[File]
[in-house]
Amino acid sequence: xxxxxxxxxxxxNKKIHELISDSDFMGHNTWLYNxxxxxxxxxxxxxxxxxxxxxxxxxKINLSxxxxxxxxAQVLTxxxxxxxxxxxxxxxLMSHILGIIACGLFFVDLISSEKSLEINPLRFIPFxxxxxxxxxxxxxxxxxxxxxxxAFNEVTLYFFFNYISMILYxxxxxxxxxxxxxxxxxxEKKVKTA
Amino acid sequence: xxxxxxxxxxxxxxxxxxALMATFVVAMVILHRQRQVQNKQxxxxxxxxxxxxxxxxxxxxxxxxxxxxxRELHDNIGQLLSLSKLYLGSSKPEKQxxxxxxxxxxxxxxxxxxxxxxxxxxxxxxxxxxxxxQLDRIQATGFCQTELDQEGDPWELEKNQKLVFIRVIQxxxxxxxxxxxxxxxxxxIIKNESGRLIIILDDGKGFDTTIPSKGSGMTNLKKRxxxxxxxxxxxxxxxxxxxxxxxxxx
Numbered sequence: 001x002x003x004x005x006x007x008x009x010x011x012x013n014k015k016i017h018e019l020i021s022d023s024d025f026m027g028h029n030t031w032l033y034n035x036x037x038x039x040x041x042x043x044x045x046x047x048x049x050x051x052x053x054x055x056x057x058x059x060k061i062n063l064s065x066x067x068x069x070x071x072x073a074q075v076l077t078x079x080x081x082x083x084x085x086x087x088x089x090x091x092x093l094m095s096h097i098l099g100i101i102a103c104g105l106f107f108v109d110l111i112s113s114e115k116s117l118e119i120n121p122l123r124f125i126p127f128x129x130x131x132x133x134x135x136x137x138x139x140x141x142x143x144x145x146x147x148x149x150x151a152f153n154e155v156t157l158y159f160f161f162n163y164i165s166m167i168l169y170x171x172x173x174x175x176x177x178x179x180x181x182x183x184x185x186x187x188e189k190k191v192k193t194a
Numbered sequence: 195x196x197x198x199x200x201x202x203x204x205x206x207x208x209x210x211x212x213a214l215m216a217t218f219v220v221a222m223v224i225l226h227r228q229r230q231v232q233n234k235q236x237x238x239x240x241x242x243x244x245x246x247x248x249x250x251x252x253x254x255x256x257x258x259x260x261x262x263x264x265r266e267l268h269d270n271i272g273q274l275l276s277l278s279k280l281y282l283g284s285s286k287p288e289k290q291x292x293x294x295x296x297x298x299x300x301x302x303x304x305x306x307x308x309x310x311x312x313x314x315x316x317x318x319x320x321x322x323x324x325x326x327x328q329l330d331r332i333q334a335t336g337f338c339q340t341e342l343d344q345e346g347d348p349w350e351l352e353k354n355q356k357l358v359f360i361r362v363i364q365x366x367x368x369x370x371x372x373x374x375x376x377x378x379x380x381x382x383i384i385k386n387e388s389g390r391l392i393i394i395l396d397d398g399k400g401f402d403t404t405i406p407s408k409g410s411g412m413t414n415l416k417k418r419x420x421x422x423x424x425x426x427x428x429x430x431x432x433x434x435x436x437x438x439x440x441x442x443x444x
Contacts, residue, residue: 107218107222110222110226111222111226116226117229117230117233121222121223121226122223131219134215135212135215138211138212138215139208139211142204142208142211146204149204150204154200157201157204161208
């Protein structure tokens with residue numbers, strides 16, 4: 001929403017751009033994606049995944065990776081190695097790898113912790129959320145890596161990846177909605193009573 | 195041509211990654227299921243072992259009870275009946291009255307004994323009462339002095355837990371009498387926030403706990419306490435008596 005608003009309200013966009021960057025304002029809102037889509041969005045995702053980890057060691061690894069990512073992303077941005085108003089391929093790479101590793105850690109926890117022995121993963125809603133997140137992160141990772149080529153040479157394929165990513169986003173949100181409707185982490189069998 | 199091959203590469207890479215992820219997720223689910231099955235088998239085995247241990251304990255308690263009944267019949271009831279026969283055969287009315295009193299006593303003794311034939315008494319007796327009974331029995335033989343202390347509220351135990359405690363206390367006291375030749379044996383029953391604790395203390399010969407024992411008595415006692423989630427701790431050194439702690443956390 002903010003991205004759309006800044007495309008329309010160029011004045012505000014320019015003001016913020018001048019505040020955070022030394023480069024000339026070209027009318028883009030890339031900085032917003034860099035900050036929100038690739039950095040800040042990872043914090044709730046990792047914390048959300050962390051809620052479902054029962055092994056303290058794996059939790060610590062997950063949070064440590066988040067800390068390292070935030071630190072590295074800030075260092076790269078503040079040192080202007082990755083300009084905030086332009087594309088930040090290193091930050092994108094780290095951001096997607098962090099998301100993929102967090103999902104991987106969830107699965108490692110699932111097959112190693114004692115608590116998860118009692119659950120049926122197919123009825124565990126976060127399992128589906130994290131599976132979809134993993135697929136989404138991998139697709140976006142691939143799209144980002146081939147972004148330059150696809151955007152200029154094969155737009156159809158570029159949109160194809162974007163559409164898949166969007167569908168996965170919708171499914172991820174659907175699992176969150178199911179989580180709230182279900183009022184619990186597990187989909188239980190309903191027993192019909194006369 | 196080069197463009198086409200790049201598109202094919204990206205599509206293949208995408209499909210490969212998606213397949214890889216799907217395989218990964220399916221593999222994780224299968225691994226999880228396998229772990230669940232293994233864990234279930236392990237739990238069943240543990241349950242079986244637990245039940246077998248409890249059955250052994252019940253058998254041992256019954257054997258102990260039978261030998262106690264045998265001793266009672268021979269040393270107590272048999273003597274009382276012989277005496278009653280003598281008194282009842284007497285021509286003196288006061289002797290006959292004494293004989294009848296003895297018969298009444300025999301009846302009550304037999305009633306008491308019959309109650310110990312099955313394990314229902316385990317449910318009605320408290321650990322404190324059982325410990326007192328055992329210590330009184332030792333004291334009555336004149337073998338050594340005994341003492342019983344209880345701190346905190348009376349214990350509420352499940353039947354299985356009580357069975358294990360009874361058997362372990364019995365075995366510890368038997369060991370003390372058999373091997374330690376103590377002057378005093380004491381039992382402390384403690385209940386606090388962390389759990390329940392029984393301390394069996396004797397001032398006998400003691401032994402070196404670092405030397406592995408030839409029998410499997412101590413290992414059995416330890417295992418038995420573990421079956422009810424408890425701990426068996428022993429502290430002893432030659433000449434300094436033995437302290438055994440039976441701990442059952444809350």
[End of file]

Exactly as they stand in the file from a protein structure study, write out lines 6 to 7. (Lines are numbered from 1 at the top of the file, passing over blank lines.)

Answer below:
Contacts, residue, residue: 107218107222110222110226111222111226116226117229117230117233121222121223121226122223131219134215135212135215138211138212138215139208139211142204142208142211146204149204150204154200157201157204161208
């Protein structure tokens with residue numbers, strides 16, 4: 001929403017751009033994606049995944065990776081190695097790898113912790129959320145890596161990846177909605193009573 | 195041509211990654227299921243072992259009870275009946291009255307004994323009462339002095355837990371009498387926030403706990419306490435008596 005608003009309200013966009021960057025304002029809102037889509041969005045995702053980890057060691061690894069990512073992303077941005085108003089391929093790479101590793105850690109926890117022995121993963125809603133997140137992160141990772149080529153040479157394929165990513169986003173949100181409707185982490189069998 | 199091959203590469207890479215992820219997720223689910231099955235088998239085995247241990251304990255308690263009944267019949271009831279026969283055969287009315295009193299006593303003794311034939315008494319007796327009974331029995335033989343202390347509220351135990359405690363206390367006291375030749379044996383029953391604790395203390399010969407024992411008595415006692423989630427701790431050194439702690443956390 002903010003991205004759309006800044007495309008329309010160029011004045012505000014320019015003001016913020018001048019505040020955070022030394023480069024000339026070209027009318028883009030890339031900085032917003034860099035900050036929100038690739039950095040800040042990872043914090044709730046990792047914390048959300050962390051809620052479902054029962055092994056303290058794996059939790060610590062997950063949070064440590066988040067800390068390292070935030071630190072590295074800030075260092076790269078503040079040192080202007082990755083300009084905030086332009087594309088930040090290193091930050092994108094780290095951001096997607098962090099998301100993929102967090103999902104991987106969830107699965108490692110699932111097959112190693114004692115608590116998860118009692119659950120049926122197919123009825124565990126976060127399992128589906130994290131599976132979809134993993135697929136989404138991998139697709140976006142691939143799209144980002146081939147972004148330059150696809151955007152200029154094969155737009156159809158570029159949109160194809162974007163559409164898949166969007167569908168996965170919708171499914172991820174659907175699992176969150178199911179989580180709230182279900183009022184619990186597990187989909188239980190309903191027993192019909194006369 | 196080069197463009198086409200790049201598109202094919204990206205599509206293949208995408209499909210490969212998606213397949214890889216799907217395989218990964220399916221593999222994780224299968225691994226999880228396998229772990230669940232293994233864990234279930236392990237739990238069943240543990241349950242079986244637990245039940246077998248409890249059955250052994252019940253058998254041992256019954257054997258102990260039978261030998262106690264045998265001793266009672268021979269040393270107590272048999273003597274009382276012989277005496278009653280003598281008194282009842284007497285021509286003196288006061289002797290006959292004494293004989294009848296003895297018969298009444300025999301009846302009550304037999305009633306008491308019959309109650310110990312099955313394990314229902316385990317449910318009605320408290321650990322404190324059982325410990326007192328055992329210590330009184332030792333004291334009555336004149337073998338050594340005994341003492342019983344209880345701190346905190348009376349214990350509420352499940353039947354299985356009580357069975358294990360009874361058997362372990364019995365075995366510890368038997369060991370003390372058999373091997374330690376103590377002057378005093380004491381039992382402390384403690385209940386606090388962390389759990390329940392029984393301390394069996396004797397001032398006998400003691401032994402070196404670092405030397406592995408030839409029998410499997412101590413290992414059995416330890417295992418038995420573990421079956422009810424408890425701990426068996428022993429502290430002893432030659433000449434300094436033995437302290438055994440039976441701990442059952444809350």